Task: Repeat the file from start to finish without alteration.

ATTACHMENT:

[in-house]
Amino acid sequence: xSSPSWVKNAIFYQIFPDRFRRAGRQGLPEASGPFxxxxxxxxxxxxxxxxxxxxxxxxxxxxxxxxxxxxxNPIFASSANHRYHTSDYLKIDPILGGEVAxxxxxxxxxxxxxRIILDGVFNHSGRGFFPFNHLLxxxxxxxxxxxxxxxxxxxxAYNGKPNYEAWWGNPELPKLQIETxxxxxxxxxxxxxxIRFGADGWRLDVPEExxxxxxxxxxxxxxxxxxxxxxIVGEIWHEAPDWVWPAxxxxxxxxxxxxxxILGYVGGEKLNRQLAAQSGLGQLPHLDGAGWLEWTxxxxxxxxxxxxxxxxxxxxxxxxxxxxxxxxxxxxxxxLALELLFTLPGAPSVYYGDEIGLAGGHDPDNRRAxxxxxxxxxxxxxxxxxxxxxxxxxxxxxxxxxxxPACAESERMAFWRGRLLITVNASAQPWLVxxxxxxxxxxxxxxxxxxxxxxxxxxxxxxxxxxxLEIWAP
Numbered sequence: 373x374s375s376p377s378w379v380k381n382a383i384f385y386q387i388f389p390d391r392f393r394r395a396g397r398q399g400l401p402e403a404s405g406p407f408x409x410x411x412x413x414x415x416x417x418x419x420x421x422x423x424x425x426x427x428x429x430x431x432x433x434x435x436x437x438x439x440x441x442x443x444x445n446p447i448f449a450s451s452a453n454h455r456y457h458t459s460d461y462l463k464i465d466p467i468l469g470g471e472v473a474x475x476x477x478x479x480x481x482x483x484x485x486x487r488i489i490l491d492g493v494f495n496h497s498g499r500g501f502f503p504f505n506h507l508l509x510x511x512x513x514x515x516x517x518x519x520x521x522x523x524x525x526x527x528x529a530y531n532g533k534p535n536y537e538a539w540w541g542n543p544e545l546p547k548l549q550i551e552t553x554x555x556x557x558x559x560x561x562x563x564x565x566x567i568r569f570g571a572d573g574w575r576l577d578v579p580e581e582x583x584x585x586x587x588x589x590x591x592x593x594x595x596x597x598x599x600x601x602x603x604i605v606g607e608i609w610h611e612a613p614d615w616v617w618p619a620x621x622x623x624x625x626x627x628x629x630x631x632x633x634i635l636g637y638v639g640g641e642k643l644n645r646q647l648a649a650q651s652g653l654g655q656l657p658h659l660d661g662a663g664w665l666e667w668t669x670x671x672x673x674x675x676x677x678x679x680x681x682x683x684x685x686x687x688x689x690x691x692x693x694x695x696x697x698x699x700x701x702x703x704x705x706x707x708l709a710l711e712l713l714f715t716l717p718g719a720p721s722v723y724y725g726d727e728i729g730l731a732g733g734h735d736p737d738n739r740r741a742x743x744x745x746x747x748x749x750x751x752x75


[in-house]
Amino acid sequence: xSSPSWVKNAIFYQIFPDRFRRAGRQGLPEASGPFxxxxxxxxxxxxxxxxxxxxxxxxxxxxxxxxxxxxxNPIFASSANHRYHTSDYLKIDPILGGEVAxxxxxxxxxxxxxRIILDGVFNHSGRGFFPFNHLLxxxxxxxxxxxxxxxxxxxxAYNGKPNYEAWWGNPELPKLQIETxxxxxxxxxxxxxxIRFGADGWRLDVPEExxxxxxxxxxxxxxxxxxxxxxIVGEIWHEAPDWVWPAxxxxxxxxxxxxxxILGYVGGEKLNRQLAAQSGLGQLPHLDGAGWLEWTxxxxxxxxxxxxxxxxxxxxxxxxxxxxxxxxxxxxxxxLALELLFTLPGAPSVYYGDEIGLAGGHDPDNRRAxxxxxxxxxxxxxxxxxxxxxxxxxxxxxxxxxxxPACAESERMAFWRGRLLITVNASAQPWLVxxxxxxxxxxxxxxxxxxxxxxxxxxxxxxxxxxxLEIWAP
Numbered sequence: 373x374s375s376p377s378w379v380k381n382a383i384f385y386q387i388f389p390d391r392f393r394r395a396g397r398q399g400l401p402e403a404s405g406p407f408x409x410x411x412x413x414x415x416x417x418x419x420x421x422x423x424x425x426x427x428x429x430x431x432x433x434x435x436x437x438x439x440x441x442x443x444x445n446p447i448f449a450s451s452a453n454h455r456y457h458t459s460d461y462l463k464i465d466p467i468l469g470g471e472v473a474x475x476x477x478x479x480x481x482x483x484x485x486x487r488i489i490l491d492g493v494f495n496h497s498g499r500g501f502f503p504f505n506h507l508l509x510x511x512x513x514x515x516x517x518x519x520x521x522x523x524x525x526x527x528x529a530y531n532g533k534p535n536y537e538a539w540w541g542n543p544e545l546p547k548l549q550i551e552t553x554x555x556x557x558x559x560x561x562x563x564x565x566x567i568r569f570g571a572d573g574w575r576l577d578v579p580e581e582x583x584x585x586x587x588x589x590x591x592x593x594x595x596x597x598x599x600x601x602x603x604i605v606g607e608i609w610h611e612a613p614d615w616v617w618p619a620x621x622x623x624x625x626x627x628x629x630x631x632x633x634i635l636g637y638v639g640g641e642k643l644n645r646q647l648a649a650q651s652g653l654g655q656l657p658h659l660d661g662a663g664w665l666e667w668t669x670x671x672x673x674x675x676x677x678x679x680x681x682x683x684x685x686x687x688x689x690x691x692x693x694x695x696x697x698x699x700x701x702x703x704x705x706x707x708l709a710l711e712l713l714f715t716l717p718g719a720p721s722v723y724y725g726d727e728i729g730l731a732g733g734h735d736p737d738n739r740r741a742x743x744x745x746x747x748x749x750x751x752x75